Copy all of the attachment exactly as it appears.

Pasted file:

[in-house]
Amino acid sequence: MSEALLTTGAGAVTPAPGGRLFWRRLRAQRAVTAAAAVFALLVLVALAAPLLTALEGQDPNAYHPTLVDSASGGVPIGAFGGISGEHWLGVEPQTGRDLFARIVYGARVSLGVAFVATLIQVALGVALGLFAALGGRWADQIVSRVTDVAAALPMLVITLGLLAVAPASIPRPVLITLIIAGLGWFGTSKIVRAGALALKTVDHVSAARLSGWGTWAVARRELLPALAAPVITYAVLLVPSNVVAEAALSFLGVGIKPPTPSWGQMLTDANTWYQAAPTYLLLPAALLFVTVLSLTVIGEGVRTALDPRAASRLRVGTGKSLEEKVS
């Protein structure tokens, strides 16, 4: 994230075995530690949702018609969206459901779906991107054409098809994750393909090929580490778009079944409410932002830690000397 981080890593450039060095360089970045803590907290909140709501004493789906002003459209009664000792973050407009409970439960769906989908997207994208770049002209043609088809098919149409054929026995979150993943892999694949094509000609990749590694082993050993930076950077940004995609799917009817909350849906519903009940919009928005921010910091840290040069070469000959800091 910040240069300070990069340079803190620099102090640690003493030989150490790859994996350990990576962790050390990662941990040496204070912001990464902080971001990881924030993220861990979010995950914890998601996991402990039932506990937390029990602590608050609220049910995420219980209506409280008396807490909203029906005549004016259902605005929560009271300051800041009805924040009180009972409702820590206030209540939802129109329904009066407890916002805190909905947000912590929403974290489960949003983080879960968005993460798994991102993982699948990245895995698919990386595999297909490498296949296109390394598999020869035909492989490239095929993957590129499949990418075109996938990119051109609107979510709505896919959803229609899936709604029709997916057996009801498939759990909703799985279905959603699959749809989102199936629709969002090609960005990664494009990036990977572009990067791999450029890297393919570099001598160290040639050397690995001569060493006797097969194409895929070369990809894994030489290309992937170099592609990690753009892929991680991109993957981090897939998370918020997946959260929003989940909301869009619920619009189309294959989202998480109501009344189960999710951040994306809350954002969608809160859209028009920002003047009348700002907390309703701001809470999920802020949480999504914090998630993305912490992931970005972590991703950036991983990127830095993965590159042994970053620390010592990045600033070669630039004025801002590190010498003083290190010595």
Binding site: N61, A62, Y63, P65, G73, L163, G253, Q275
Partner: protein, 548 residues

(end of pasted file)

[in-house]
Amino acid sequence: MSEALLTTGAGAVTPAPGGRLFWRRLRAQRAVTAAAAVFALLVLVALAAPLLTALEGQDPNAYHPTLVDSASGGVPIGAFGGISGEHWLGVEPQTGRDLFARIVYGARVSLGVAFVATLIQVALGVALGLFAALGGRWADQIVSRVTDVAAALPMLVITLGLLAVAPASIPRPVLITLIIAGLGWFGTSKIVRAGALALKTVDHVSAARLSGWGTWAVARRELLPALAAPVITYAVLLVPSNVVAEAALSFLGVGIKPPTPSWGQMLTDANTWYQAAPTYLLLPAALLFVTVLSLTVIGEGVRTALDPRAASRLRVGTGKSLEEKVS
């Protein structure tokens, strides 16, 4: 994230075995530690949702018609969206459901779906991107054409098809994750393909090929580490778009079944409410932002830690000397 981080890593450039060095360089970045803590907290909140709501004493789906002003459209009664000792973050407009409970439960769906989908997207994208770049002209043609088809098919149409054929026995979150993943892999694949094509000609990749590694082993050993930076950077940004995609799917009817909350849906519903009940919009928005921010910091840290040069070469000959800091 910040240069300070990069340079803190620099102090640690003493030989150490790859994996350990990576962790050390990662941990040496204070912001990464902080971001990881924030993220861990979010995950914890998601996991402990039932506990937390029990602590608050609220049910995420219980209506409280008396807490909203029906005549004016259902605005929560009271300051800041009805924040009180009972409702820590206030209540939802129109329904009066407890916002805190909905947000912590929403974290489960949003983080879960968005993460798994991102993982699948990245895995698919990386595999297909490498296949296109390394598999020869035909492989490239095929993957590129499949990418075109996938990119051109609107979510709505896919959803229609899936709604029709997916057996009801498939759990909703799985279905959603699959749809989102199936629709969002090609960005990664494009990036990977572009990067791999450029890297393919570099001598160290040639050397690995001569060493006797097969194409895929070369990809894994030489290309992937170099592609990690753009892929991680991109993957981090897939998370918020997946959260929003989940909301869009619920619009189309294959989202998480109501009344189960999710951040994306809350954002969608809160859209028009920002003047009348700002907390309703701001809470999920802020949480999504914090998630993305912490992931970005972590991703950036991983990127830095993965590159042994970053620390010592990045600033070669630039004025801002590190010498003083290190010595």
Binding site: N61, A62, Y63, P65, G73, L163, G253, Q275
Partner: protein, 548 residues